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Actas Dermosifiliogr. 2010 Jan-Feb;101(1):59-75.

[Epidemiology of contact dermatitis: prevalence of sensitization to different allergens and associated factors].

[Article in Spanish]

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Servicio de Dermatología, Complejo Asistencial de Zamora, Zamora, España.

Erratum in

  • Actas Dermosifiliogr. 2010 Mar;101(2):196.



In clinical practice, contact dermatitis is a relatively common skin complaint, whose prevalence has increased in recent years. Study by patch testing is essential for diagnosis of contact sensitization.


To study the prevalence of sensitization to different allergens in a standard battery and observe the influence of different epidemiological and clinical variables on contact sensitization. A large number of allergens were included in our battery in order to detect new sensitizations whose prevalence might justify further study.


This was a retrospective, observational, epidemiological study of 1092 patients, conducted in our skin allergy unit between January 1, 2000, and December 31, 2005. All patients were studied with a battery of 51 allergens. We assessed the following variables: sex, age, type of referral, occupation, site and course of skin lesions, personal and family history of atopy, positive patch tests, clinical significance, diagnosis, source of sensitization, and occupational relationship.


At least 1 positive result was found in 55% of the patients, and 55.7% presented atopic dermatitis in one of its clinical variants: allergic contact dermatitis (28.2%), irritant contact dermatitis (20.1%), photoallergic contact dermatitis (2.2%), and phototoxic contact dermatitis (1.2%). The most prevalent allergens were nickel sulfate (29.3%), palladium chloride (11.7%), cobalt chloride (10.8%), potassium dichromate (7.5%), fragrance blends (6.3%), and p-phenylenediamine (6.1%). A positive occupational relationship was found in 41.1%, and 21.3% of the patients studied were diagnosed with occupational contact dermatitis. Metal workers, construction workers, and professional hairdressers were the most strongly represented groups. The most common source of sensitization was contact with metallic objects, followed by drugs, cosmetics, and rubber items. Female sex was the only independent variable that had a significant influence on the risk of contact sensitization in general.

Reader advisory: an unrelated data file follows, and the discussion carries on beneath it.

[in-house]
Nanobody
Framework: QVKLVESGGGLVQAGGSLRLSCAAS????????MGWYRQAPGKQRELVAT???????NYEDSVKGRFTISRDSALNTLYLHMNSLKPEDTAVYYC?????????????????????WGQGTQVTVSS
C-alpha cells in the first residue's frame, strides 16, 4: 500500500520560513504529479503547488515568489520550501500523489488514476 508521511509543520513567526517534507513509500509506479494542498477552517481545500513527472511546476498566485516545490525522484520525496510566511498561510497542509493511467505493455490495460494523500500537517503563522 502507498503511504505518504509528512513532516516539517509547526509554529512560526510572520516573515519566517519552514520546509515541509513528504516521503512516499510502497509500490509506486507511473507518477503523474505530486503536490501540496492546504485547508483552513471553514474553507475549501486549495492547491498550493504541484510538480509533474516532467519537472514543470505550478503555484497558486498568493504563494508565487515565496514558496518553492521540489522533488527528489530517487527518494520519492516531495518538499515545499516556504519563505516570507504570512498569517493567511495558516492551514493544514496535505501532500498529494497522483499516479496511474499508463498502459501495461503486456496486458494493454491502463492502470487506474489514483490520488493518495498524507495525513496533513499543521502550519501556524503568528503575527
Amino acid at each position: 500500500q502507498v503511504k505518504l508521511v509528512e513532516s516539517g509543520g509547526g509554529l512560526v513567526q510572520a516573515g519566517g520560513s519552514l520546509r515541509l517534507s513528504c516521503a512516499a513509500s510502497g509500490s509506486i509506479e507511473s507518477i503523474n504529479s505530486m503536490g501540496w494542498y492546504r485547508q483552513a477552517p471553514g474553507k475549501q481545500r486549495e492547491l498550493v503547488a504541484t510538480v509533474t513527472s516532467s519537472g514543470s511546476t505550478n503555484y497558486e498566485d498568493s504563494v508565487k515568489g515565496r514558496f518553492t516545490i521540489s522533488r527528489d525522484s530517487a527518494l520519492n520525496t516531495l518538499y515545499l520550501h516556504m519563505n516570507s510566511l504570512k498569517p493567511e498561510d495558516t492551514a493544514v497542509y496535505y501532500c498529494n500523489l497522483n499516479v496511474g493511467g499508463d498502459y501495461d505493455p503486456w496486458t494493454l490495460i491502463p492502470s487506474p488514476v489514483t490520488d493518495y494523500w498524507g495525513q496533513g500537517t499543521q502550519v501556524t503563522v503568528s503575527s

Women became sensitized at a younger age than men, and the frequency of positive results in the patch tests increased with age, reaching a maximum at between 60 and 69 years of age, when the greatest rate of sensitization occurred. Comparison of our results with other Spanish data showed a progressive and constant increase in sensitization to nickel sulfate, fragrance blends, balsam of Peru, and rosin, and a decrease in sensitization to potassium dichromate. The inclusion of new allergens such as palladium chloride, diallyl disulfide, and p-toluene sulfonamide formaldehyde improved the sensitivity of the standard battery in the detection of contact sensitization. We therefore recommend further studies of these allergens.

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